Another top prize for The Summit ahead of Limerick release

Alan Owens

Reporter:

Alan Owens

The Summit's director Nick Ryan and Nick Seymour, who wrote the score, at the premiere of the film in Limerick recently
The Summit, the film about the K2 mountain tragedy that claimed the life of Limerick climber Ger McDonnell, has received yet another major festival award.

The Summit, the film about the K2 mountain tragedy that claimed the life of Limerick climber Ger McDonnell, has received yet another major festival award.

The film, which is to go on general release in Ireland on November 22 and will get a release in Limerick’s Omniplex cinema, picked up the Best Feature Length Film prize at the prestigious Banff Mountain Film and Book Festival in Canada.

The film has had major success across the Atlantic, where it has received rave reviews and has just been released.

Among the plaudits it has received was the Editing Award in World Cinema Documentary at the Sundance film festival.

Screening rights for Nick Ryan’s film were subsequently bought by US distributor Sundance Selects, a subsidiary of IFC, which is owned by American media giant AMC, the studio behind cult zombie television series The Walking Dead.

The gripping documentary film, which had its Limerick premiere in 69 O’Connell Street as part of the Elemental festival, has been picked up by Wildcard Distribution for release in cinemas around Ireland.

It tells the tragic story of events in 2008 when 11 climbers, including Kilcornan’s Ger, lost their lives on the deadly mountain. The Summit mixes real, never before seen footage of the climb and interviews with survivors, as well as reconstructed scenes to stunning effect.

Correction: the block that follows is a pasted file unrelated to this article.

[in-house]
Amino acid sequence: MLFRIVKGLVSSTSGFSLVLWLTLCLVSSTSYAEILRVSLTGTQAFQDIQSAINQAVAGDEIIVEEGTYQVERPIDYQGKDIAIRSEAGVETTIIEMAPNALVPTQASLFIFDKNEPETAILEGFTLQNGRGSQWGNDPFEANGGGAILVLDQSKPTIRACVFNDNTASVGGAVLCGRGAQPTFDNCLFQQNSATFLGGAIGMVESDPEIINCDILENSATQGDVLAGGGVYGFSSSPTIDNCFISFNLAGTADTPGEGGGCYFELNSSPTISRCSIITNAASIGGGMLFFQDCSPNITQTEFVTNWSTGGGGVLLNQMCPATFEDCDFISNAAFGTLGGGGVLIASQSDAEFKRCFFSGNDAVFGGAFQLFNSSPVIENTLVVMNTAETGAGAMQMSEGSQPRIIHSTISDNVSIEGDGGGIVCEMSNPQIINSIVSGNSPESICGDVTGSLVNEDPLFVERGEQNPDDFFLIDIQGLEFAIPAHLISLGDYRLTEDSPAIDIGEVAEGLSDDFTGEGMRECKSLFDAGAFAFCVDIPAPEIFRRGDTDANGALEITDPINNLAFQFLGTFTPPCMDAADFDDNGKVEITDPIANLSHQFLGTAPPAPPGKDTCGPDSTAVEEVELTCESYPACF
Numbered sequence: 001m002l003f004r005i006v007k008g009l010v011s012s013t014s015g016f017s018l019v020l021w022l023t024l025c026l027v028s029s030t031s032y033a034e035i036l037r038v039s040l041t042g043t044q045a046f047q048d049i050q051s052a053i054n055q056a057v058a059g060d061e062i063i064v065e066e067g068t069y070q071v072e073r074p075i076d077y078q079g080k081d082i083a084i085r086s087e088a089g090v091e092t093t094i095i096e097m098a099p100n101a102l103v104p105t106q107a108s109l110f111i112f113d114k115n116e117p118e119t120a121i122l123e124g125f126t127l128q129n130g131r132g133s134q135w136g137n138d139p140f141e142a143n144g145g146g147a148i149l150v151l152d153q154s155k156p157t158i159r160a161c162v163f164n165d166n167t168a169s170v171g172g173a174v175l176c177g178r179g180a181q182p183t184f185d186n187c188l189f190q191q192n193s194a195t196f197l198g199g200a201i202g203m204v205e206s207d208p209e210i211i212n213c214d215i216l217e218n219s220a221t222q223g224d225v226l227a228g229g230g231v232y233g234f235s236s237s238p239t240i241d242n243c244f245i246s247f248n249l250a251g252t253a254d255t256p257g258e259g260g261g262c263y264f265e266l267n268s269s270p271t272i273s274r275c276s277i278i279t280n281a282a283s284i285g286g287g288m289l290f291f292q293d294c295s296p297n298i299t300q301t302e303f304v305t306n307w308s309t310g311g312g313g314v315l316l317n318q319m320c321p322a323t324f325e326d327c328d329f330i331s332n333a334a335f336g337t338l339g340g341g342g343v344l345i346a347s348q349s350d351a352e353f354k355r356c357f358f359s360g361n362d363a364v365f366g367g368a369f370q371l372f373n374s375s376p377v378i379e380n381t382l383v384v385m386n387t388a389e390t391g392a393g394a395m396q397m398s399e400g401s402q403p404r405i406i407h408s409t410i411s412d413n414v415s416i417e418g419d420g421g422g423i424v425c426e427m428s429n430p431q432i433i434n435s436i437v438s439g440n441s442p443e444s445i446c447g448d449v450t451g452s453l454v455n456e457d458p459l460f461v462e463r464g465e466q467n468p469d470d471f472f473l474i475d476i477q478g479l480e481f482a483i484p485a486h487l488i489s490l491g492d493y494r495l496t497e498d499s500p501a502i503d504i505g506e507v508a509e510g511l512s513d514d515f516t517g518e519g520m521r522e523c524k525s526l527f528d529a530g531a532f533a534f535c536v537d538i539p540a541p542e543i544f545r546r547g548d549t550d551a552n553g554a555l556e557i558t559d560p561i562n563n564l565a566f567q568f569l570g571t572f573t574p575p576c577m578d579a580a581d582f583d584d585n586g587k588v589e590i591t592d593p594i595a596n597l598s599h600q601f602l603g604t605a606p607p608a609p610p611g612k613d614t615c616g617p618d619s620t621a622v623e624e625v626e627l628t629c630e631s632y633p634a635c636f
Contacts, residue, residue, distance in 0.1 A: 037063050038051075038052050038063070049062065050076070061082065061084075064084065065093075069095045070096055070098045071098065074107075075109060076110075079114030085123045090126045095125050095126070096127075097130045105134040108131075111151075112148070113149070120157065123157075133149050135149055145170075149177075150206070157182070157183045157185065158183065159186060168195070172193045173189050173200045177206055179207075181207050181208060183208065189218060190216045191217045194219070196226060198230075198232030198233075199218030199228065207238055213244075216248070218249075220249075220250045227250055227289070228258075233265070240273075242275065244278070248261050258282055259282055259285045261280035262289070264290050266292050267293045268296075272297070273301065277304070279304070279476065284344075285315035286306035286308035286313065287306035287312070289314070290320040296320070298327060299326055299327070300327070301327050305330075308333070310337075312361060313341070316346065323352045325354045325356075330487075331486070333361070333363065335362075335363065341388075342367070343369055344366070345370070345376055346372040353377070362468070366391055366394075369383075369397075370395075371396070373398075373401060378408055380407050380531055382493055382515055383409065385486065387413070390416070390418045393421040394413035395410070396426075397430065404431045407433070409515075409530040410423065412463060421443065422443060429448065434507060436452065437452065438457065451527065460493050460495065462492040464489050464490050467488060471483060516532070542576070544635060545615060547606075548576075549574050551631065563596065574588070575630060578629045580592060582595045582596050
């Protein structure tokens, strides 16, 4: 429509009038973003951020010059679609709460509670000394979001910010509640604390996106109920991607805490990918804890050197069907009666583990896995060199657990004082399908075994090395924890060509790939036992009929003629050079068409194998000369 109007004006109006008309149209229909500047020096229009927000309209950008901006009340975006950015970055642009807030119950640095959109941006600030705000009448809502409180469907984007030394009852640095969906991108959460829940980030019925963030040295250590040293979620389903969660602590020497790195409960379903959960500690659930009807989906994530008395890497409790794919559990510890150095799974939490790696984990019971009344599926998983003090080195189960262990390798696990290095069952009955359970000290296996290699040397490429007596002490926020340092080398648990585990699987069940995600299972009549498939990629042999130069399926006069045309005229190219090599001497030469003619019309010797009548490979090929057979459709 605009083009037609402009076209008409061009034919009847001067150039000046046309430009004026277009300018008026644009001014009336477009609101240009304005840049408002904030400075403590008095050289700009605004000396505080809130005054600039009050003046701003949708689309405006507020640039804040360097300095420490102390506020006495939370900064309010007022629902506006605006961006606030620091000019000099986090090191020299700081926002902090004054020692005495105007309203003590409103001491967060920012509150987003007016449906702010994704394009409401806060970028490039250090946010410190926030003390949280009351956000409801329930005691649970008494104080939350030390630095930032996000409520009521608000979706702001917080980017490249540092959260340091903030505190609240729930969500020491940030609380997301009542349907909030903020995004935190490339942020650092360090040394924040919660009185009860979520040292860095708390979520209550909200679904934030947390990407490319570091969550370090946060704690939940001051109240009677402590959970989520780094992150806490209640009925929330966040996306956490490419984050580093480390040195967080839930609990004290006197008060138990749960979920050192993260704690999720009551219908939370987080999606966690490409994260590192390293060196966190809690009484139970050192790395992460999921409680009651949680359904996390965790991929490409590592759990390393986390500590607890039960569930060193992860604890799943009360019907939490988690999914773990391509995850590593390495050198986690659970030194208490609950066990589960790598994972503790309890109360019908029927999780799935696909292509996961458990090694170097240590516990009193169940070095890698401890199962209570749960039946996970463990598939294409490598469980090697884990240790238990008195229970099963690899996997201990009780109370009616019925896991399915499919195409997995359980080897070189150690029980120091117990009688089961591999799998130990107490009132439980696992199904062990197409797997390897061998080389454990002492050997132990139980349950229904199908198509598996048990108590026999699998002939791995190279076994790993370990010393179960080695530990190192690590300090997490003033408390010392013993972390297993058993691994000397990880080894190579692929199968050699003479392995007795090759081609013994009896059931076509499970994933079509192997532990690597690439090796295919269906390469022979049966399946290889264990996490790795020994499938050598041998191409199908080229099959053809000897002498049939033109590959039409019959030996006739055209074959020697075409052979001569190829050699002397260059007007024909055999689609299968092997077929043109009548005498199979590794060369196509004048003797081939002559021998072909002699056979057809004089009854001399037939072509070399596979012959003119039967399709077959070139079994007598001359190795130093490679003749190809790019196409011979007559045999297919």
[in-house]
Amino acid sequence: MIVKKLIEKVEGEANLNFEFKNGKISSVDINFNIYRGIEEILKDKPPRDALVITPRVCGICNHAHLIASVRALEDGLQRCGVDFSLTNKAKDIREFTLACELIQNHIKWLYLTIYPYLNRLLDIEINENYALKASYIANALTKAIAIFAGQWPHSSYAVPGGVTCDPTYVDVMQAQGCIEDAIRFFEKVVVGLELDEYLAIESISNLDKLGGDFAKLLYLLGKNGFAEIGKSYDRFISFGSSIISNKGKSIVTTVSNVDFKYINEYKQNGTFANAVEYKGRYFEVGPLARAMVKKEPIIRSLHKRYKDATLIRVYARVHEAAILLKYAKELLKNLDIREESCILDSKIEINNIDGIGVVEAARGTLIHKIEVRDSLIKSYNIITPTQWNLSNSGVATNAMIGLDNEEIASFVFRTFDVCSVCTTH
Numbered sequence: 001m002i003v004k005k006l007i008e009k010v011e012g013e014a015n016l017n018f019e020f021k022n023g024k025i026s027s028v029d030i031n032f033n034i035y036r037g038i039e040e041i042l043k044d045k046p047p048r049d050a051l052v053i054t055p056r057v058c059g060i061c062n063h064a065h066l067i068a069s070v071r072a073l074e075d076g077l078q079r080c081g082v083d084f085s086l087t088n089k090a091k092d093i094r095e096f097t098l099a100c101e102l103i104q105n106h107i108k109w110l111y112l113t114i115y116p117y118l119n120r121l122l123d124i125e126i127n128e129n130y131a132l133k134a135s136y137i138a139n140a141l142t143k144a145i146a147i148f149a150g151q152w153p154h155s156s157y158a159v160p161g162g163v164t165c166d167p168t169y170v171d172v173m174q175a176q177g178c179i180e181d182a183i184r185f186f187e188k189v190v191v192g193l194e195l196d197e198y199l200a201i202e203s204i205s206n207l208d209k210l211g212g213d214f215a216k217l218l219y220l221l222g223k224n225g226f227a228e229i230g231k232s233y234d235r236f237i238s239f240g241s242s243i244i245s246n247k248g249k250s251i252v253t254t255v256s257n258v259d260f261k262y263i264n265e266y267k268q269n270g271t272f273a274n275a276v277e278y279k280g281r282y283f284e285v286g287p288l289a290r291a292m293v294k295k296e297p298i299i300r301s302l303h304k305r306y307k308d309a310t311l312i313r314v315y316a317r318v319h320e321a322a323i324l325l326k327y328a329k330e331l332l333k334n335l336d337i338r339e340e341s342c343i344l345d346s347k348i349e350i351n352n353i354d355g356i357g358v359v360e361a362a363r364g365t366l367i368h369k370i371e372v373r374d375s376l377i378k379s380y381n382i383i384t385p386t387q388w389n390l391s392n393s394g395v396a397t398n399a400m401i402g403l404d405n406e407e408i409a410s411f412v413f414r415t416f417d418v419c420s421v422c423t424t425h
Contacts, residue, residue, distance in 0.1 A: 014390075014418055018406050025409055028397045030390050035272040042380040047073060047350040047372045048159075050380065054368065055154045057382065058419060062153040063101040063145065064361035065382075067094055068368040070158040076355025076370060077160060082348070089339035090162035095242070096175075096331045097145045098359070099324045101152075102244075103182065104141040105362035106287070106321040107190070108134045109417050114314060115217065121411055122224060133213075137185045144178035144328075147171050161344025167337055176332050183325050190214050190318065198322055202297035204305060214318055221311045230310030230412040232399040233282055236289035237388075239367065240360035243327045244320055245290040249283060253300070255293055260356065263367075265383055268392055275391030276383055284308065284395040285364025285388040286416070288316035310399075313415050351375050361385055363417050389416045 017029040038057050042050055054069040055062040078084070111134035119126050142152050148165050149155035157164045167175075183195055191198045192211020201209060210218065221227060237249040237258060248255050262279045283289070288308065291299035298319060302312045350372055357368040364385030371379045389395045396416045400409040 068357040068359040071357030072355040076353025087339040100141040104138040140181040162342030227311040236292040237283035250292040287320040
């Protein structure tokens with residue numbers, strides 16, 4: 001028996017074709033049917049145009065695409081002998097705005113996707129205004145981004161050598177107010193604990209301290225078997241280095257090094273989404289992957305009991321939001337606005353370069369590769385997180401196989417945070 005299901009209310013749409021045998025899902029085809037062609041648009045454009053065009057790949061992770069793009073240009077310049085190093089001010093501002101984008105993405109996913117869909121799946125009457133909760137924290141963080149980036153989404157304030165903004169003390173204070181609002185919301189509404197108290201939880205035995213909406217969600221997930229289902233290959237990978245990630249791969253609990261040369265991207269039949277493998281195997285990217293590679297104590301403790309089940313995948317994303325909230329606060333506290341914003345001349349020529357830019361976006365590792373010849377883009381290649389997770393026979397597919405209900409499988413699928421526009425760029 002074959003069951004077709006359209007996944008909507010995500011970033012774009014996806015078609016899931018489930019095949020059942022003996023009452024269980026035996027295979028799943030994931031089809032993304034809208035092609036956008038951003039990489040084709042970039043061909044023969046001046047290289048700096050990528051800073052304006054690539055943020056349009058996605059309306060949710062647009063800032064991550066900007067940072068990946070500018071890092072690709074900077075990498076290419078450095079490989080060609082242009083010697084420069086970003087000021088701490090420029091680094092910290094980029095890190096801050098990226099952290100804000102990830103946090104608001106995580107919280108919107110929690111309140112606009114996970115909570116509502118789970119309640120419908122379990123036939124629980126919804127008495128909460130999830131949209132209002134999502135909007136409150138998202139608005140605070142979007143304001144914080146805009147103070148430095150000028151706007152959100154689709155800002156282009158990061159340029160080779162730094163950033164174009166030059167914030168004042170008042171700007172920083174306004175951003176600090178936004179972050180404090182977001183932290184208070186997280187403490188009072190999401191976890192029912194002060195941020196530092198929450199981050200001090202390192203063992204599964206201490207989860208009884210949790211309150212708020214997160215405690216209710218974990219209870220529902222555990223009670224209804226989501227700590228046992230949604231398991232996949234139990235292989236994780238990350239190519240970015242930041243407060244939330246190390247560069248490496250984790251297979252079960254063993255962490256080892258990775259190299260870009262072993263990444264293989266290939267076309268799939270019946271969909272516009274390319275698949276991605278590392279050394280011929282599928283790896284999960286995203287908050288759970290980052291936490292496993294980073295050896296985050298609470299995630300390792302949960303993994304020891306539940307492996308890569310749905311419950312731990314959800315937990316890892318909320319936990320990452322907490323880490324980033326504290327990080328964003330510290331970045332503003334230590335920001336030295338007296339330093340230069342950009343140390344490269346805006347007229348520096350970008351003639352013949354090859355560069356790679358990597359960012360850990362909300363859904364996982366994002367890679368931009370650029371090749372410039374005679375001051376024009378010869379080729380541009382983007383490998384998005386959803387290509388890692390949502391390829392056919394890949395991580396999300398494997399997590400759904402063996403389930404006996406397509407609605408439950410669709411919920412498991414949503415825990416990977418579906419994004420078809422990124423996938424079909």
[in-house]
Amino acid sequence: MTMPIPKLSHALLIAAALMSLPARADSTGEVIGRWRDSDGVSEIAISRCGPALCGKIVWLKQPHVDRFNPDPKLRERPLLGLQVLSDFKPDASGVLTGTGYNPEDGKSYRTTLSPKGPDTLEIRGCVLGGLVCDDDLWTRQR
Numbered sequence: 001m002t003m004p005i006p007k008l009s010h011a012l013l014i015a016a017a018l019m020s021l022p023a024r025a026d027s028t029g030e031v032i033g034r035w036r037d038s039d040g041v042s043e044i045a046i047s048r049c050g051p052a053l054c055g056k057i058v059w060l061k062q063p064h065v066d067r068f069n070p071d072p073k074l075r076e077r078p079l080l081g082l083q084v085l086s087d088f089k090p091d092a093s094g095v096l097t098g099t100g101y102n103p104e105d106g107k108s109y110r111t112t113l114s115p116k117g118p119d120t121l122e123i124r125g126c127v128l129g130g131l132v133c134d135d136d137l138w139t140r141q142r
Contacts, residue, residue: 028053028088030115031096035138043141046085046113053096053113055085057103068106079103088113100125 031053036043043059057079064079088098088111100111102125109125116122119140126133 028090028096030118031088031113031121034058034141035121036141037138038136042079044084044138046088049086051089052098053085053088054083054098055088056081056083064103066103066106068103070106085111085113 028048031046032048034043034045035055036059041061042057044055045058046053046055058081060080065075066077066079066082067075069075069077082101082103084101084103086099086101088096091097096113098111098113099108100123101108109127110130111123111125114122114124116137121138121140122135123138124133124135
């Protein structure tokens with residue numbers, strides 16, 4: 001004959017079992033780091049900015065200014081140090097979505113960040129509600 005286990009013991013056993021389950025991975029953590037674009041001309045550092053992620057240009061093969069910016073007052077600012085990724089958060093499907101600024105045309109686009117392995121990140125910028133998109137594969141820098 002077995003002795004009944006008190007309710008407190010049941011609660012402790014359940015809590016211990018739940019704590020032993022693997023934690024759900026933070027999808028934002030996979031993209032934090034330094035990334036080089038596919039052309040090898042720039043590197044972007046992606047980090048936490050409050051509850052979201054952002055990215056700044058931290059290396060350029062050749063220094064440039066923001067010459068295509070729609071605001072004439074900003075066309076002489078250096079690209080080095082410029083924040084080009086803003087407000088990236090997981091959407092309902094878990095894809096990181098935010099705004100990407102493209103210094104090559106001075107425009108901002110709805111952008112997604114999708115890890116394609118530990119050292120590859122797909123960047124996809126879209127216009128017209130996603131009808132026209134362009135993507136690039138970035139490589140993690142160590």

Producer and director Nick Ryan said the latest award was “a great honour” and dedicated it to “all the people who helped to bring this film to the screen, especially those who shared their memories of the traumatic events of 2008”.

“We are truly excited to be bringing The Summit to the big screen in Ireland in November,” he noted, “and that audiences will be able to experience the events of the shocking 2008 climb.

“This is a compelling story and one that we felt needed to be told, especially with the story of Irishman Ger McDonnell, whose final heroic act is central to the film,” he added.

Patrick O’Neill, CEO of Wildcard Distribution, said Ryan’s film, funded in part by The Irish Film Board, RTE and the BAI, was “a unique and thrilling cinema experience, and Irish filmmaking at its finest”.